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Interview With John Walsh of "America's Most Wanted"

Aired January 22, 2004 - 21:00   ET


LARRY KING, HOST: Tonight: John Walsh of "America's Most Wanted." He turned a terrible personal tragedy into a crime-fighting crusade. John Walsh on Michael Jackson, Scott Peterson and a lot more. He's here for the hour. We'll take your calls next on LARRY KING LIVE.
It's always great to have him with us, regular visitor, John Walsh, host of "America's Most Wanted: America Fights Back," an extraordinarily successful show. Got a lot of cases they're currently following. We'll be doing that in various segments, but let's get to some things current.

What did you make of that arraignment of Michael Jackson?

JOHN WALSH, HOST, "AMERICA'S MOST WANTED": The most bizarre thing I've ever seen. I mean, here's a guy that everybody has suspected has been a pedophile for years, settles a case out of court -- whether he was guilty or not, he still settled for $20 million. He's brought before serious charges, and he stands on top of his car and does a couple dance moves and directs a video crew to film this whole charade, or this whatever you want to call it. It's one of the most bizarre things I've ever seen at an arraignment in my life.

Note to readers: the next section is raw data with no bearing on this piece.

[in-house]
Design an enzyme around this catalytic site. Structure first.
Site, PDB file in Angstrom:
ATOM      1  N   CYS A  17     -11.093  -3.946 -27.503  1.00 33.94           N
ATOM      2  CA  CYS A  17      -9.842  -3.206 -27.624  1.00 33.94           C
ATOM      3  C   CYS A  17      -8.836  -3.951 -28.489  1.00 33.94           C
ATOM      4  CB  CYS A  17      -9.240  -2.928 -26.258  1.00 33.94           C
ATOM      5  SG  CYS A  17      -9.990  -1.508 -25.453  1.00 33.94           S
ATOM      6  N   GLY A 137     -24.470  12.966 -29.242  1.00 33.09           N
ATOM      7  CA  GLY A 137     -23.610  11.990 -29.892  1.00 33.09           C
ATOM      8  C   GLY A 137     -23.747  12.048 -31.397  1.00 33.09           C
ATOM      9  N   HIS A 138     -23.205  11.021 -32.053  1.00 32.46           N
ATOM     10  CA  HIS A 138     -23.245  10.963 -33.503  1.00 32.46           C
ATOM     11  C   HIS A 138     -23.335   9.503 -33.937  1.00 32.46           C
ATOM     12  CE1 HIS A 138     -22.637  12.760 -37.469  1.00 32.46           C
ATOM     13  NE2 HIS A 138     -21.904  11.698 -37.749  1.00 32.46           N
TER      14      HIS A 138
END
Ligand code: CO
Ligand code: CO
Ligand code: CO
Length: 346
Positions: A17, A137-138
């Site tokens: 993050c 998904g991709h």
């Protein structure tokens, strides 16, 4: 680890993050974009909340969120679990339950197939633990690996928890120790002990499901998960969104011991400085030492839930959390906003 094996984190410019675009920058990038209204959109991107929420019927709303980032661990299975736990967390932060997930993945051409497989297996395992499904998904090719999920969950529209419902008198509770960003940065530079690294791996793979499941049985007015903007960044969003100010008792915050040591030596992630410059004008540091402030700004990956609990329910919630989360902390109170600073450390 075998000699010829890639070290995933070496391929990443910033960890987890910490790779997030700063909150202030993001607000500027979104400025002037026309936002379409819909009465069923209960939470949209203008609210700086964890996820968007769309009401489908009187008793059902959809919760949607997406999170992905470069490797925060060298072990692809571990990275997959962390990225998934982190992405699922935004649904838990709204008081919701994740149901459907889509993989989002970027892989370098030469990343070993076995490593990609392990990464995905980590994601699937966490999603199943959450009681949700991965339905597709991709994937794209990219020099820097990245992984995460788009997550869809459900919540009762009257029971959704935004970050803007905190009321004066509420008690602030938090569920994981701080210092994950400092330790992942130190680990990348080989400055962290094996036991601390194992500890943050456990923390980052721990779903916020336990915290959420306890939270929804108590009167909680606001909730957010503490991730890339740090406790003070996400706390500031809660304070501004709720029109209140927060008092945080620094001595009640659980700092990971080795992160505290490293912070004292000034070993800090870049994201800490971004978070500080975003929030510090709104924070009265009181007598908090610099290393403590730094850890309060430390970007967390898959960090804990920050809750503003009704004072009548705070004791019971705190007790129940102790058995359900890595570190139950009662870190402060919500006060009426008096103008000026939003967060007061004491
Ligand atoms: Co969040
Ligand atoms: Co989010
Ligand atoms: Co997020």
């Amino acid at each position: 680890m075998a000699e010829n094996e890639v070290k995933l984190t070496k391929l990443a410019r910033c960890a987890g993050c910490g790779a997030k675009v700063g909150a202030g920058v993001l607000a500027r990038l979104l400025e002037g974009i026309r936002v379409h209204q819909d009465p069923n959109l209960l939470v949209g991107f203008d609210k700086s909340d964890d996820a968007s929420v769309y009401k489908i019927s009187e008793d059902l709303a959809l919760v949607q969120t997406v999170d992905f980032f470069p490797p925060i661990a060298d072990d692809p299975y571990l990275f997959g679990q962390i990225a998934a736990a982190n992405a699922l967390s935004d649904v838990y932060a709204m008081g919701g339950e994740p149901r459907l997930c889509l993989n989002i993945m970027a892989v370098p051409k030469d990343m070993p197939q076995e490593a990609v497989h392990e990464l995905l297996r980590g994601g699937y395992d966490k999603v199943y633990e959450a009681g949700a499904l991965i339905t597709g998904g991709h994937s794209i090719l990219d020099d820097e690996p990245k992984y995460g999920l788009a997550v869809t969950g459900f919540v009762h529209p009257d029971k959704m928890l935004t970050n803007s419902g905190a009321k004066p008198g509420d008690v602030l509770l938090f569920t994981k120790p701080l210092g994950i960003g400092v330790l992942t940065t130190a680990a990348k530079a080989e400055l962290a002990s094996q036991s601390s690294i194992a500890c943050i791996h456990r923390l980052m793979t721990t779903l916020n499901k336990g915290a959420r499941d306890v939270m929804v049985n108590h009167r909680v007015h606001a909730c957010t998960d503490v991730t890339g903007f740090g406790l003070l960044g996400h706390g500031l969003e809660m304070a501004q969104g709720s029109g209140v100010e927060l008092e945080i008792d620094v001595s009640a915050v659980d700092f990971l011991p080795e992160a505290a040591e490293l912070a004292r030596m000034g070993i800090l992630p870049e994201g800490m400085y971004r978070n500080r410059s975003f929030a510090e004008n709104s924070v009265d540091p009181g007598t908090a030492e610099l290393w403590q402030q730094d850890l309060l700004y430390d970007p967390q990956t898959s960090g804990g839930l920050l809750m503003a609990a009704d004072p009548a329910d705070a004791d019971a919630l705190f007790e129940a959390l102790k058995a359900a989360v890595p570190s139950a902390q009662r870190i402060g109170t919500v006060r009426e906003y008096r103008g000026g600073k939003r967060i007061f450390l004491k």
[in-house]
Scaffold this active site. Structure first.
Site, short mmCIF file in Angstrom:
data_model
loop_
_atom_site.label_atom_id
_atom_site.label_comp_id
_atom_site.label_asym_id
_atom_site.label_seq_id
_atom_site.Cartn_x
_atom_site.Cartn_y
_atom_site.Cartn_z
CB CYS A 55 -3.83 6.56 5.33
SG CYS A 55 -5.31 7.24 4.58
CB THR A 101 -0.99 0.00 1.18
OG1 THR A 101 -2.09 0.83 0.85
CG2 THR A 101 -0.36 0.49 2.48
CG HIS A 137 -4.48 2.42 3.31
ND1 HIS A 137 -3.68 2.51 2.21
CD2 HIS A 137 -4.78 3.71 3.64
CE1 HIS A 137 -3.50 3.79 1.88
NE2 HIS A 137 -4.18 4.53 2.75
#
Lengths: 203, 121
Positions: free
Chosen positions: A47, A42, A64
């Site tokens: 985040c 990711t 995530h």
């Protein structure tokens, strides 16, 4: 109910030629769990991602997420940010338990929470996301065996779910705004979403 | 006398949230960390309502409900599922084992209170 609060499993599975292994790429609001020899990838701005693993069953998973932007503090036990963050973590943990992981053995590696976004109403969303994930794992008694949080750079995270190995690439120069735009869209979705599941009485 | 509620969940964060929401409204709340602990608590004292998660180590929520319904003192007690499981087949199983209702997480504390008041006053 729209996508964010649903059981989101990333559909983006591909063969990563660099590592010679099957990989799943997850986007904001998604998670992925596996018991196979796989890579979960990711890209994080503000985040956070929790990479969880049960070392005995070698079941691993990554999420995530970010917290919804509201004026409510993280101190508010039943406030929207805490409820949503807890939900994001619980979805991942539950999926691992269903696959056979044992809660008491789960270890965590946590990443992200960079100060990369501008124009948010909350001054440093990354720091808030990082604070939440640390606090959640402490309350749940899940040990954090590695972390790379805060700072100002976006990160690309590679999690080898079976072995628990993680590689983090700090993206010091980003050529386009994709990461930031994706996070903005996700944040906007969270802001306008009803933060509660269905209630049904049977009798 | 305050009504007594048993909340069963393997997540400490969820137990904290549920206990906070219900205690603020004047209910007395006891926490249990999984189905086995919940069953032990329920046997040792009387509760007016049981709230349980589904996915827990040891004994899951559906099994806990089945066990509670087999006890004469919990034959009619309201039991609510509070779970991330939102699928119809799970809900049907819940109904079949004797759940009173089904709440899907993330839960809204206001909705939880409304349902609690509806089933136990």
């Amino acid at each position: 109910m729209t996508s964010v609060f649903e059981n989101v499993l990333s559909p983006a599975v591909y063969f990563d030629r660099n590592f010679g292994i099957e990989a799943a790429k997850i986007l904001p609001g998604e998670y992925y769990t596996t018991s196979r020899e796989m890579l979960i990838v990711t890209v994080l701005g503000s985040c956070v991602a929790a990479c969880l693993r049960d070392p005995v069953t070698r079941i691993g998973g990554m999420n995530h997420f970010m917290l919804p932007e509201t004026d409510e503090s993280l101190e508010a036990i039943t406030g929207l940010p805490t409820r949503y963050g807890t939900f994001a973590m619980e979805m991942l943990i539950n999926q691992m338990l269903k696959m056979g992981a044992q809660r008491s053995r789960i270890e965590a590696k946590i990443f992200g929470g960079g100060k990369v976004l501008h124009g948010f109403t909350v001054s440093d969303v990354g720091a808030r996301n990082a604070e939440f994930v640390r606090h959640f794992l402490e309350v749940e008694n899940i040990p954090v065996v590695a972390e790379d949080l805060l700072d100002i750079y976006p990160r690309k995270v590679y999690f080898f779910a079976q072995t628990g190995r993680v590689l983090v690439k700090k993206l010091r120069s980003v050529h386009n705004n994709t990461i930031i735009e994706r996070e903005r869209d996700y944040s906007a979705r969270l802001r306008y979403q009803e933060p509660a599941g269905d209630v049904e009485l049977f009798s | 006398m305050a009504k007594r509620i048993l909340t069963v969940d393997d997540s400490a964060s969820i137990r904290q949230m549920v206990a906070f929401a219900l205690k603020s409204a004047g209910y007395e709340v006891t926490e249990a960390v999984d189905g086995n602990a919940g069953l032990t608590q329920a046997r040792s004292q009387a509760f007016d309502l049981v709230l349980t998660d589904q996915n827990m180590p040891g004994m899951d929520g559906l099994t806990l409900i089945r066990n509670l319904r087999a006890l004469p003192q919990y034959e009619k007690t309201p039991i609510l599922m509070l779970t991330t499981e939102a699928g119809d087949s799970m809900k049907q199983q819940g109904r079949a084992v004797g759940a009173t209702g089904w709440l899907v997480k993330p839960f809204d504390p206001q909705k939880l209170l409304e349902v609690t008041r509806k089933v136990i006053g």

KING: One of his lawyers said, though, he was helping crowd control by stepping up. They stepped back and didn't rush the car.

WALSH: Well, what do you say to that, Larry? I mean, I -- let me tell you, I've seen the worst of the worst serial killers arraigned, all kinds of crazy, psychotic people. I've never seen anybody get up on a car and dance at an arraignment of child abuse.

KING: Do you think he can get a fair trial?

WALSH: I think he'll get a fair trial. I think that, you know, they'll find 12 honest men and women. If they could try O.J. Simpson, they'll be able to try Michael Jackson. He'll put together a "dream team." He'll get the best legal counsel he can get and...

KING: Well, we don't know he did wrong, do we.